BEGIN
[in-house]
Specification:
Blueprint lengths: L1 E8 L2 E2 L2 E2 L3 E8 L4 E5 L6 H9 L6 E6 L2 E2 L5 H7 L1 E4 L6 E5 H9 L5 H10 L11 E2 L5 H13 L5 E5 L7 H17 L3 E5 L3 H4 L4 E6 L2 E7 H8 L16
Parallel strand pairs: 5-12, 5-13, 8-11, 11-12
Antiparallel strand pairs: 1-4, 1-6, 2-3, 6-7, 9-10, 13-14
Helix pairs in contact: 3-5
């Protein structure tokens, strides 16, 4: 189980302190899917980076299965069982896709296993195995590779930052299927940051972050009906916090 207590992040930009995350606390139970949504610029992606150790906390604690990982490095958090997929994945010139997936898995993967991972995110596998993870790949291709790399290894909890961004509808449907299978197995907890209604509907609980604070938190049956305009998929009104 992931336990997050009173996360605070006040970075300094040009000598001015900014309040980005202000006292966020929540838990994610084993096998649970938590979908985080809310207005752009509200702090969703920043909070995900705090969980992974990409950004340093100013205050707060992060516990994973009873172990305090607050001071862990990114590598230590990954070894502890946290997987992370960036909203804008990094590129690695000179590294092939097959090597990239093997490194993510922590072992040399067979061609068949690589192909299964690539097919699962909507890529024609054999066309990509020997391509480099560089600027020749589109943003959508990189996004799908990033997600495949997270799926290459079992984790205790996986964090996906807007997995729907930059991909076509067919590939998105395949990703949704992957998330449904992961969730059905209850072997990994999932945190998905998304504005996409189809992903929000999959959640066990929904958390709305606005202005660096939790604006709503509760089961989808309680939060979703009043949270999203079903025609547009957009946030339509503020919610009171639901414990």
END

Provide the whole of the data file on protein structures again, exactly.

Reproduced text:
[in-house]
Specification:
Blueprint lengths: L1 E8 L2 E2 L2 E2 L3 E8 L4 E5 L6 H9 L6 E6 L2 E2 L5 H7 L1 E4 L6 E5 H9 L5 H10 L11 E2 L5 H13 L5 E5 L7 H17 L3 E5 L3 H4 L4 E6 L2 E7 H8 L16
Parallel strand pairs: 5-12, 5-13, 8-11, 11-12
Antiparallel strand pairs: 1-4, 1-6, 2-3, 6-7, 9-10, 13-14
Helix pairs in contact: 3-5
């Protein structure tokens, strides 16, 4: 189980302190899917980076299965069982896709296993195995590779930052299927940051972050009906916090 207590992040930009995350606390139970949504610029992606150790906390604690990982490095958090997929994945010139997936898995993967991972995110596998993870790949291709790399290894909890961004509808449907299978197995907890209604509907609980604070938190049956305009998929009104 992931336990997050009173996360605070006040970075300094040009000598001015900014309040980005202000006292966020929540838990994610084993096998649970938590979908985080809310207005752009509200702090969703920043909070995900705090969980992974990409950004340093100013205050707060992060516990994973009873172990305090607050001071862990990114590598230590990954070894502890946290997987992370960036909203804008990094590129690695000179590294092939097959090597990239093997490194993510922590072992040399067979061609068949690589192909299964690539097919699962909507890529024609054999066309990509020997391509480099560089600027020749589109943003959508990189996004799908990033997600495949997270799926290459079992984790205790996986964090996906807007997995729907930059991909076509067919590939998105395949990703949704992957998330449904992961969730059905209850072997990994999932945190998905998304504005996409189809992903929000999959959640066990929904958390709305606005202005660096939790604006709503509760089961989808309680939060979703009043949270999203079903025609547009957009946030339509503020919610009171639901414990």